I’m guessing it’s pretty bad…(via Swampland)
While the Republicans in the Senate continued to bluster as Rome burned, House Democratic Majority Leader Nancy Pelosi tabled this startling chart, based on Bureau of Labor stats, which shows how bad job losses have been by comparing it to the two most recent recessions (’90-’91 and 2001). I’m not sure what constitutes a plummet, but that’s certainly a free fall.
The 2009 Celebration of Light fireworks (and knife fight invitational) gets canceled. But really, unless you’re from the suburbs or love the co-mingling smells of cordite, piss and vomit, this is a good thing, right?
Even the strip clubs are hurting. As the Vancouver Courier’s Michael Kissinger puts it: “Few sights are as sad and lonely as a half-empty strip club. A kitten run over by a car or seeing your dad cry, perhaps–but a woman taking her clothes off in front of an audience of more unoccupied chairs than patrons carries a special kind of pathos.” PS. I love you Michael Kissinger.
The booze trade is doing just fine:
Although fourth-quarter data won’t be available until April, a Statistics Canada snapshot of unadjusted sales by large retailers’ liquor stores — including those operated by Canada Safeway, Loblaw Companies and Costco Wholesale — shows booze buying was up 17 per cent in October 2008 over October 2007. Historical data from the agency reveals a similar alcoholic beverage spike during the 1982 recession, when national year-over-year sales climbed 16 per cent compared to an average increase of nine per cent in the five years prior and seven per cent in the five years following.
Not all see it that way. A second opinion.
And for those in the restaurant trade, things are not so hot. British celebrity chef Antony Worrall Thompson is in deep shit, and London restaurants slashing prices. In Manhattan, where prix fixes are popping like corks and marketing gimmicks are sprouting like weeds, the number of mentionable restaurants closed last month was 46 (even the high end reservationists are picking up the phone). In the posh restaurants of Mumbai, sales at are down 20-30%. California is sucking too, while in Ireland we get a plea to diners from Dublin restaurateur Jay Bourke:
“If you go to the cinema for a night a out,” he says, “your money goes to Hollywood, and then there’s the Coca-Cola and the popcorn. And the cinema itself probably belongs to Richard Branson, so your spend essentially goes to multinationals. Eat in your local restaurant and your money stays in the local economy. With a bit of luck, you’ll have more fun and you’ll spend the evening talking and communicating rather than looking at a screen in respectful silence. Yes, there is something patriotic about eating out.”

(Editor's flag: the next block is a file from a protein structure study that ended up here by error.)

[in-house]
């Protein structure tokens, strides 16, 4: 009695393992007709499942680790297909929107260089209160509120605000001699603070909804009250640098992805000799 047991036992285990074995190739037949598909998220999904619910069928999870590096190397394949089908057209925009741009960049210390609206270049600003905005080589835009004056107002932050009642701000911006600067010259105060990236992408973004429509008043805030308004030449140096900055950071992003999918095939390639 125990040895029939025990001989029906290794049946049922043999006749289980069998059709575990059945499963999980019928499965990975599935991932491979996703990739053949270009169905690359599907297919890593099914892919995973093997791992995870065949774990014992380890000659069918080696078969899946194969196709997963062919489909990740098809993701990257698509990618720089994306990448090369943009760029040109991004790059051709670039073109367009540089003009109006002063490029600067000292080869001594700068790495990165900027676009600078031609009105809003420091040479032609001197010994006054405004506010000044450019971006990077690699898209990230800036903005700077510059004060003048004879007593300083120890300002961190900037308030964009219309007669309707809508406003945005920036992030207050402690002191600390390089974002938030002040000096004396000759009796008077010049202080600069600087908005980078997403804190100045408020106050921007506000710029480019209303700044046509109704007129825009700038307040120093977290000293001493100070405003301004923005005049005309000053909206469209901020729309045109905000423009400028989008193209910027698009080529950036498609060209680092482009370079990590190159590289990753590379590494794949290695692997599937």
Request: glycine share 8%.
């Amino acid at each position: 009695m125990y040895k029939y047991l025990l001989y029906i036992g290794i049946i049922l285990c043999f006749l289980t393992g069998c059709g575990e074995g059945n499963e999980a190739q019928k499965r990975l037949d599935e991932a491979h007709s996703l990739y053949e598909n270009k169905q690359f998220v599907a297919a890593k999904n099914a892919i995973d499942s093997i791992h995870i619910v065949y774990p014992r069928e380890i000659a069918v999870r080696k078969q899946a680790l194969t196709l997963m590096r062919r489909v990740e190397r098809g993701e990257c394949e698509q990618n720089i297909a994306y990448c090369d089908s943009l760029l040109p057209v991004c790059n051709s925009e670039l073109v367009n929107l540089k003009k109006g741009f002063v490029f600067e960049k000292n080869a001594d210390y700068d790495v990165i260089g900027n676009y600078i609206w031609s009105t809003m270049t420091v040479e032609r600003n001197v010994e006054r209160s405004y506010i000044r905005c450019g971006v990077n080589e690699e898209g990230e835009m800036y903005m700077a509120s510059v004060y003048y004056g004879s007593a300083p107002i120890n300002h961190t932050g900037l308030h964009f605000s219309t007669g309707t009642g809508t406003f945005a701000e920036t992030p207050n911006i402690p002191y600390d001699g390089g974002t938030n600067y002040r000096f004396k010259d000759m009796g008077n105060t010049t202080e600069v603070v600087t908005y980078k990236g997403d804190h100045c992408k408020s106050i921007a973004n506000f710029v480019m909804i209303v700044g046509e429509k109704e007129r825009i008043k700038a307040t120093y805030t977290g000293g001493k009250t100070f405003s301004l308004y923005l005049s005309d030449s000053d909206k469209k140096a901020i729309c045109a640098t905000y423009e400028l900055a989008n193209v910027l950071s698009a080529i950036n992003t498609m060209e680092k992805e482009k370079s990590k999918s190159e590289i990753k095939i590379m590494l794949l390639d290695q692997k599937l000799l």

In Toronto, they’re really feeling it:
Already, there have been casualties. The most noted was Yorkville restaurant Boba, which saw sales all but dry up after the stock market crashed in September, forcing the owners to close the doors just three months later. Boba’s closing, despite its more modest menu, raised alarm bells through the industry: The thinning of the ranks is far from over, and it’s time to give regulars even more attention.
“The elaborate eight-, nine-, 10-course tasting menus, and the lack of restraint in ordering wines, all of that’s going to change,” Mr. Korte said.
“There will be a return to trust, some sense of simplicity. People may just want to go out for a roast chicken on Sunday night and not have to spend that much money, trust that it’s going to be nicely prepared, but it’s not going to be over the top.”
In uncertain times, diners scaling back on their cheques will also pull back on the number of restaurants they frequent weekly.
“A lot of our guests who know our restaurants are also saying that they really don’t want any volatility in their dining experience. So they’re visiting restaurants that are tried, tested and true,” said Jerrett Young, operations manager for Oliver and Bonacini Restaurants.
Keenly aware that change was coming, chef Mark McEwan, the man behind Bymark, North 44 and One, returned to his roots of simple, classical food.
Chefs across the city, he said, will dig down even deeper to bring patrons to their tables. “I’ve been through three of these cycles since I’ve been an owner,” he said.
“It feels like a long ride when you’re in the middle of it. But you do emerge from it. And you usually come out of it smarter and tougher on how you operate your business.”
But McDonald’s was up over 5% last quarter. We have that going for us, right?